Let's face it: the Old Testament at times isn't easy to read. And however hard it often is to read, it's frequently even harder to understand, and still harder to apply. At the same time, the Old Testament contains verse upon verse of vital information for us to understand what's going in the New Testament. So how should we read and understand Old Testament narratives? Are they stories with a moral point to draw out? Are they allegories for our "spiritual" life?
At the end of the day, what are these bible stories about, and how should we read them? This series takes five weeks to look at some of the most popular Old Testament narratives and understand what they're all about.
David & goliath
The story of David & Goliath is the ultimate (and maybe first) underdog story. A shepherd boy nobody had ever heard of defeats an intimidating giant with a slingshot. Often, the story is referenced as an example of how you can't ever rule somebody out because of their size, strength, or obscurity. But is that what the story is really about?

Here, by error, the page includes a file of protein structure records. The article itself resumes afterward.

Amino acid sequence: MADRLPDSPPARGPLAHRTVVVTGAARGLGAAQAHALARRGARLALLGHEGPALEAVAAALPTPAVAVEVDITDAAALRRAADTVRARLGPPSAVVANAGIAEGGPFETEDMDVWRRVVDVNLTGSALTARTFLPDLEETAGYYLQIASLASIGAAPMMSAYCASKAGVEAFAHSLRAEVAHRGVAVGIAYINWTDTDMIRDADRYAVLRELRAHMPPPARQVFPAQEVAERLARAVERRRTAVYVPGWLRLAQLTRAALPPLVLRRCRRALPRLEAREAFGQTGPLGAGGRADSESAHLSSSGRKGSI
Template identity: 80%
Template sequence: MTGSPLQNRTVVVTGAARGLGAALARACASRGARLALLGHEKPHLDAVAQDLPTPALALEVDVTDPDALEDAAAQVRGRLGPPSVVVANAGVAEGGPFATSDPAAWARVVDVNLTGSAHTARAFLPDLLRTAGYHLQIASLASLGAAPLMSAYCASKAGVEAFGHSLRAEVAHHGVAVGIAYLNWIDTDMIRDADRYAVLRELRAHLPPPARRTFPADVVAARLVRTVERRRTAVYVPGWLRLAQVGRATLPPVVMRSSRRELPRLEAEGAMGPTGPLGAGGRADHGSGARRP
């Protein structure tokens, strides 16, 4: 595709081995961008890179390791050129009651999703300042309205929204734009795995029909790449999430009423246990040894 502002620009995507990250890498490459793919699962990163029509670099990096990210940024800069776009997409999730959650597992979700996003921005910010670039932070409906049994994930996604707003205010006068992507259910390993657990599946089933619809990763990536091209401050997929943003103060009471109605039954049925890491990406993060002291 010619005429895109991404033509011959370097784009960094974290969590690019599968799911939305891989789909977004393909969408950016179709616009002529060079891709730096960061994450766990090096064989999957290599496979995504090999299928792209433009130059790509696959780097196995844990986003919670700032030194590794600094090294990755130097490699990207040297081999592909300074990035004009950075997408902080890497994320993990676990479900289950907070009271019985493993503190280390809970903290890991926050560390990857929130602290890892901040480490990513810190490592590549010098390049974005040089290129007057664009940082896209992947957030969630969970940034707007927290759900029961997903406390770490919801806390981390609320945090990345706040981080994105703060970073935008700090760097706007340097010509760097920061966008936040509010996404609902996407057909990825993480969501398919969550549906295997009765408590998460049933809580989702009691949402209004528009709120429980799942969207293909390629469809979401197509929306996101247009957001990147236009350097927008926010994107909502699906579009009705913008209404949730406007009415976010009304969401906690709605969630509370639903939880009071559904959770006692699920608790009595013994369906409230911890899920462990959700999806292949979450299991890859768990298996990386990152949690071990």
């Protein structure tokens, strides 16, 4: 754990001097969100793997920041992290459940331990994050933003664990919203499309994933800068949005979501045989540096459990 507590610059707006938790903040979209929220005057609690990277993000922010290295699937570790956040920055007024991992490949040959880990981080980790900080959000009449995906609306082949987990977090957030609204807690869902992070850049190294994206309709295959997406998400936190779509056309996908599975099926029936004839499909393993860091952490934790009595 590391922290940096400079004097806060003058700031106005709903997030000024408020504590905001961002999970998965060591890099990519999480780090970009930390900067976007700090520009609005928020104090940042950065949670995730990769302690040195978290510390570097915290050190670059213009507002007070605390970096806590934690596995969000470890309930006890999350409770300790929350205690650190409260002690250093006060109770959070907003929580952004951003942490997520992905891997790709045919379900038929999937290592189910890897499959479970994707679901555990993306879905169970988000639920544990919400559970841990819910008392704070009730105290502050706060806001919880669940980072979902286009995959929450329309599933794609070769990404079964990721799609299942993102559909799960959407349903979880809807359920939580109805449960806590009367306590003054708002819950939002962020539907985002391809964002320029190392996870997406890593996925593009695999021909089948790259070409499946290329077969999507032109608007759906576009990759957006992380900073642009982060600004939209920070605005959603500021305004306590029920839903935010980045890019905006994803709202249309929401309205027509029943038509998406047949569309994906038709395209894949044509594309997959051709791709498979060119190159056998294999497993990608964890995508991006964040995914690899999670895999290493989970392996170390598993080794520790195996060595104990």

adam & eve
At the very beginning of the bible, we find a story about two naked people in a garden, who end up having a very important discussion with a talking snake. Behind the events in the story, we discover a lot about what has gone wrong with the world and what is being done about it. What can the story of Adam & Eve teach us about God and ourselves?
Noah & the ark
In any children's bible stories book, you'll likely find the story about a guy named Noah and a boat he built for his family and a bunch of animals. But those books often overlook the more difficult details of the story: a worldwide flood? God grieving that he made human beings? The extinguishing of most of humanity? What in the world is this story about?
Abraham & isaac
In the middle of Genesis, we find a somewhat odd story about God asking Abraham to sacrifice his son on an altar. What's perhaps even stranger is that this man begins to do it. Behind all the peculiar details of this story, we find a vivid depiction of what love and sacrifice really are. What can the gruesome story of Abraham & Isaac teach us about what we love?
Joseph & his coat
At the end of the first book of the bible, there's a story about a boy named Joseph who was sold into slavery by his brothers. Joseph's life from there reads like one tragedy after another. Joseph is imprisoned, wrongfully accused, and narrowly escapes death. But behind it all is important truth about how God works (and how he doesn't). What can we learn from Joseph's crazy life?